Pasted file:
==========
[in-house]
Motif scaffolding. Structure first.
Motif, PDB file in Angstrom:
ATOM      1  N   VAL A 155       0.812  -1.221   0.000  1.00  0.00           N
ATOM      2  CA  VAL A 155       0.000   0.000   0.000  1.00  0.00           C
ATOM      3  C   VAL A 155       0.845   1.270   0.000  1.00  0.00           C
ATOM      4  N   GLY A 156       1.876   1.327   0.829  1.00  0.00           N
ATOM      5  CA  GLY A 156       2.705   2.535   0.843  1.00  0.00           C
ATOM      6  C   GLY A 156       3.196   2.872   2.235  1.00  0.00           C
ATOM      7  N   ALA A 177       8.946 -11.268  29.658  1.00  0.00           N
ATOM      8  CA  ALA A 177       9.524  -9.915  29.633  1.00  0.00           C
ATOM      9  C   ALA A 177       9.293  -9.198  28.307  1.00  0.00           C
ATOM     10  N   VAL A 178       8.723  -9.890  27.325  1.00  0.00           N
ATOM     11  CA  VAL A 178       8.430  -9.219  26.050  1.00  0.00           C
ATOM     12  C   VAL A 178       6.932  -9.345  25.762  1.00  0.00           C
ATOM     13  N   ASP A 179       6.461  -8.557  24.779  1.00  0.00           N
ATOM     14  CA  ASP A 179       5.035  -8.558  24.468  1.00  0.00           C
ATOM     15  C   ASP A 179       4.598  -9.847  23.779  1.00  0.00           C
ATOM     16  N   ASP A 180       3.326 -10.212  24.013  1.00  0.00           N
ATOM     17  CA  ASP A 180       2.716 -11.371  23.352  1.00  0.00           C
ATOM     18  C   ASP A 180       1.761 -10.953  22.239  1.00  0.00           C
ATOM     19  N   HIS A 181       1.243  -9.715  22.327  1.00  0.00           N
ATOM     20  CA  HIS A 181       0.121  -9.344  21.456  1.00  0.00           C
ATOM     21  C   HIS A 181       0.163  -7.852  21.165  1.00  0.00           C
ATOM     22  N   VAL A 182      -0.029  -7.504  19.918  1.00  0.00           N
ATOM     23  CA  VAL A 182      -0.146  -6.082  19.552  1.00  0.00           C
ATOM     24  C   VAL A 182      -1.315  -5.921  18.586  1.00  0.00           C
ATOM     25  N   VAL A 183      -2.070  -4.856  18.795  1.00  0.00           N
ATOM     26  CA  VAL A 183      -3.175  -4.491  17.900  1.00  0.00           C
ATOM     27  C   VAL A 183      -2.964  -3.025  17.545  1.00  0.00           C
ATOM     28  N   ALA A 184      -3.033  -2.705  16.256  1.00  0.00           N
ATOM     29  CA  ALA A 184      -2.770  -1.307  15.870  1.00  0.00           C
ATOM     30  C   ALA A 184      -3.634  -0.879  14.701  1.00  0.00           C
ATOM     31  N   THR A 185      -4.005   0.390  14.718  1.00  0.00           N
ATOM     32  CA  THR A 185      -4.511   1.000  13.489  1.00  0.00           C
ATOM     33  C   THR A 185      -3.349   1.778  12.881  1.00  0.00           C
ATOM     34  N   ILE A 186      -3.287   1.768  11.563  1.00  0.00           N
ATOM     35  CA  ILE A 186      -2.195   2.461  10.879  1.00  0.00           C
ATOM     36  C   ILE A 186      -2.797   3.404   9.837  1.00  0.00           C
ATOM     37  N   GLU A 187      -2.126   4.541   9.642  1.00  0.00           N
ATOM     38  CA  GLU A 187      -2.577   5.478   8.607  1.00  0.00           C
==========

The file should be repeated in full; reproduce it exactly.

[in-house]
Motif scaffolding. Structure first.
Motif, PDB file in Angstrom:
ATOM      1  N   VAL A 155       0.812  -1.221   0.000  1.00  0.00           N
ATOM      2  CA  VAL A 155       0.000   0.000   0.000  1.00  0.00           C
ATOM      3  C   VAL A 155       0.845   1.270   0.000  1.00  0.00           C
ATOM      4  N   GLY A 156       1.876   1.327   0.829  1.00  0.00           N
ATOM      5  CA  GLY A 156       2.705   2.535   0.843  1.00  0.00           C
ATOM      6  C   GLY A 156       3.196   2.872   2.235  1.00  0.00           C
ATOM      7  N   ALA A 177       8.946 -11.268  29.658  1.00  0.00           N
ATOM      8  CA  ALA A 177       9.524  -9.915  29.633  1.00  0.00           C
ATOM      9  C   ALA A 177       9.293  -9.198  28.307  1.00  0.00           C
ATOM     10  N   VAL A 178       8.723  -9.890  27.325  1.00  0.00           N
ATOM     11  CA  VAL A 178       8.430  -9.219  26.050  1.00  0.00           C
ATOM     12  C   VAL A 178       6.932  -9.345  25.762  1.00  0.00           C
ATOM     13  N   ASP A 179       6.461  -8.557  24.779  1.00  0.00           N
ATOM     14  CA  ASP A 179       5.035  -8.558  24.468  1.00  0.00           C
ATOM     15  C   ASP A 179       4.598  -9.847  23.779  1.00  0.00           C
ATOM     16  N   ASP A 180       3.326 -10.212  24.013  1.00  0.00           N
ATOM     17  CA  ASP A 180       2.716 -11.371  23.352  1.00  0.00           C
ATOM     18  C   ASP A 180       1.761 -10.953  22.239  1.00  0.00           C
ATOM     19  N   HIS A 181       1.243  -9.715  22.327  1.00  0.00           N
ATOM     20  CA  HIS A 181       0.121  -9.344  21.456  1.00  0.00           C
ATOM     21  C   HIS A 181       0.163  -7.852  21.165  1.00  0.00           C
ATOM     22  N   VAL A 182      -0.029  -7.504  19.918  1.00  0.00           N
ATOM     23  CA  VAL A 182      -0.146  -6.082  19.552  1.00  0.00           C
ATOM     24  C   VAL A 182      -1.315  -5.921  18.586  1.00  0.00           C
ATOM     25  N   VAL A 183      -2.070  -4.856  18.795  1.00  0.00           N
ATOM     26  CA  VAL A 183      -3.175  -4.491  17.900  1.00  0.00           C
ATOM     27  C   VAL A 183      -2.964  -3.025  17.545  1.00  0.00           C
ATOM     28  N   ALA A 184      -3.033  -2.705  16.256  1.00  0.00           N
ATOM     29  CA  ALA A 184      -2.770  -1.307  15.870  1.00  0.00           C
ATOM     30  C   ALA A 184      -3.634  -0.879  14.701  1.00  0.00           C
ATOM     31  N   THR A 185      -4.005   0.390  14.718  1.00  0.00           N
ATOM     32  CA  THR A 185      -4.511   1.000  13.489  1.00  0.00           C
ATOM     33  C   THR A 185      -3.349   1.778  12.881  1.00  0.00           C
ATOM     34  N   ILE A 186      -3.287   1.768  11.563  1.00  0.00           N
ATOM     35  CA  ILE A 186      -2.195   2.461  10.879  1.00  0.00           C
ATOM     36  C   ILE A 186      -2.797   3.404   9.837  1.00  0.00           C
ATOM     37  N   GLU A 187      -2.126   4.541   9.642  1.00  0.00           N
ATOM     38  CA  GLU A 187      -2.577   5.478   8.607  1.00  0.00           C